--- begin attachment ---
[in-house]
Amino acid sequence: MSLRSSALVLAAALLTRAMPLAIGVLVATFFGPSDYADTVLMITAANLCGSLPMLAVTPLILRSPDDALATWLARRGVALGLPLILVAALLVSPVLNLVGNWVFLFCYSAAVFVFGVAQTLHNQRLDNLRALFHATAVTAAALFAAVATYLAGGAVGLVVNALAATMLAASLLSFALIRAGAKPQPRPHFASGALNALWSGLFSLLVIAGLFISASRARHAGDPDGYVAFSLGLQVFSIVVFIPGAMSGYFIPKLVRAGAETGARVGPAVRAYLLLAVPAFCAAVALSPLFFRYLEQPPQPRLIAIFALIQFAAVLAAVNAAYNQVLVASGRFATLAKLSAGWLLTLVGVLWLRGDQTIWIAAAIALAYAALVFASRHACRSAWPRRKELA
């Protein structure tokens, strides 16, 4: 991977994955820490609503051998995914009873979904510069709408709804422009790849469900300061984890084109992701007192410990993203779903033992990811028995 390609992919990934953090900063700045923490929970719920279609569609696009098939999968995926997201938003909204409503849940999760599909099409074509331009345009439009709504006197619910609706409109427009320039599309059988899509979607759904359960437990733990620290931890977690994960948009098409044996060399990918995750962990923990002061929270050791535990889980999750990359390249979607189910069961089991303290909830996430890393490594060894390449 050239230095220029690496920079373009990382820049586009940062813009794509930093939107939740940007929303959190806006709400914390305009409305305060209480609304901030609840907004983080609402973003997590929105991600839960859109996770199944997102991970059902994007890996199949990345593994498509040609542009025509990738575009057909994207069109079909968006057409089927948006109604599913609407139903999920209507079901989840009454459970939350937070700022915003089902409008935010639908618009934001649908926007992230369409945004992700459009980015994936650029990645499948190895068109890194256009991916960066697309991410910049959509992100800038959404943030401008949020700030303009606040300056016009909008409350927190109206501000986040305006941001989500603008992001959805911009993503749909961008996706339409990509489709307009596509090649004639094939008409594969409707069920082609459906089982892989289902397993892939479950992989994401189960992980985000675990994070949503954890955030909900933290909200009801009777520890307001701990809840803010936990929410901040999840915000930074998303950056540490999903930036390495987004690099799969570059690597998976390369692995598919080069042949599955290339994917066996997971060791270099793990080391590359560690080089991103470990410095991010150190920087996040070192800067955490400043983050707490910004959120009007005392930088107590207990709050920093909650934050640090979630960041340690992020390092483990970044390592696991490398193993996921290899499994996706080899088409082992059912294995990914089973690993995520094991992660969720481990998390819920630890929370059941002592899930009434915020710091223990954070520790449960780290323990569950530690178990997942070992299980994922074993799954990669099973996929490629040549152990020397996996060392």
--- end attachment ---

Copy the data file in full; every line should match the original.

[in-house]
Amino acid sequence: MSLRSSALVLAAALLTRAMPLAIGVLVATFFGPSDYADTVLMITAANLCGSLPMLAVTPLILRSPDDALATWLARRGVALGLPLILVAALLVSPVLNLVGNWVFLFCYSAAVFVFGVAQTLHNQRLDNLRALFHATAVTAAALFAAVATYLAGGAVGLVVNALAATMLAASLLSFALIRAGAKPQPRPHFASGALNALWSGLFSLLVIAGLFISASRARHAGDPDGYVAFSLGLQVFSIVVFIPGAMSGYFIPKLVRAGAETGARVGPAVRAYLLLAVPAFCAAVALSPLFFRYLEQPPQPRLIAIFALIQFAAVLAAVNAAYNQVLVASGRFATLAKLSAGWLLTLVGVLWLRGDQTIWIAAAIALAYAALVFASRHACRSAWPRRKELA
């Protein structure tokens, strides 16, 4: 991977994955820490609503051998995914009873979904510069709408709804422009790849469900300061984890084109992701007192410990993203779903033992990811028995 390609992919990934953090900063700045923490929970719920279609569609696009098939999968995926997201938003909204409503849940999760599909099409074509331009345009439009709504006197619910609706409109427009320039599309059988899509979607759904359960437990733990620290931890977690994960948009098409044996060399990918995750962990923990002061929270050791535990889980999750990359390249979607189910069961089991303290909830996430890393490594060894390449 050239230095220029690496920079373009990382820049586009940062813009794509930093939107939740940007929303959190806006709400914390305009409305305060209480609304901030609840907004983080609402973003997590929105991600839960859109996770199944997102991970059902994007890996199949990345593994498509040609542009025509990738575009057909994207069109079909968006057409089927948006109604599913609407139903999920209507079901989840009454459970939350937070700022915003089902409008935010639908618009934001649908926007992230369409945004992700459009980015994936650029990645499948190895068109890194256009991916960066697309991410910049959509992100800038959404943030401008949020700030303009606040300056016009909008409350927190109206501000986040305006941001989500603008992001959805911009993503749909961008996706339409990509489709307009596509090649004639094939008409594969409707069920082609459906089982892989289902397993892939479950992989994401189960992980985000675990994070949503954890955030909900933290909200009801009777520890307001701990809840803010936990929410901040999840915000930074998303950056540490999903930036390495987004690099799969570059690597998976390369692995598919080069042949599955290339994917066996997971060791270099793990080391590359560690080089991103470990410095991010150190920087996040070192800067955490400043983050707490910004959120009007005392930088107590207990709050920093909650934050640090979630960041340690992020390092483990970044390592696991490398193993996921290899499994996706080899088409082992059912294995990914089973690993995520094991992660969720481990998390819920630890929370059941002592899930009434915020710091223990954070520790449960780290323990569950530690178990997942070992299980994922074993799954990669099973996929490629040549152990020397996996060392």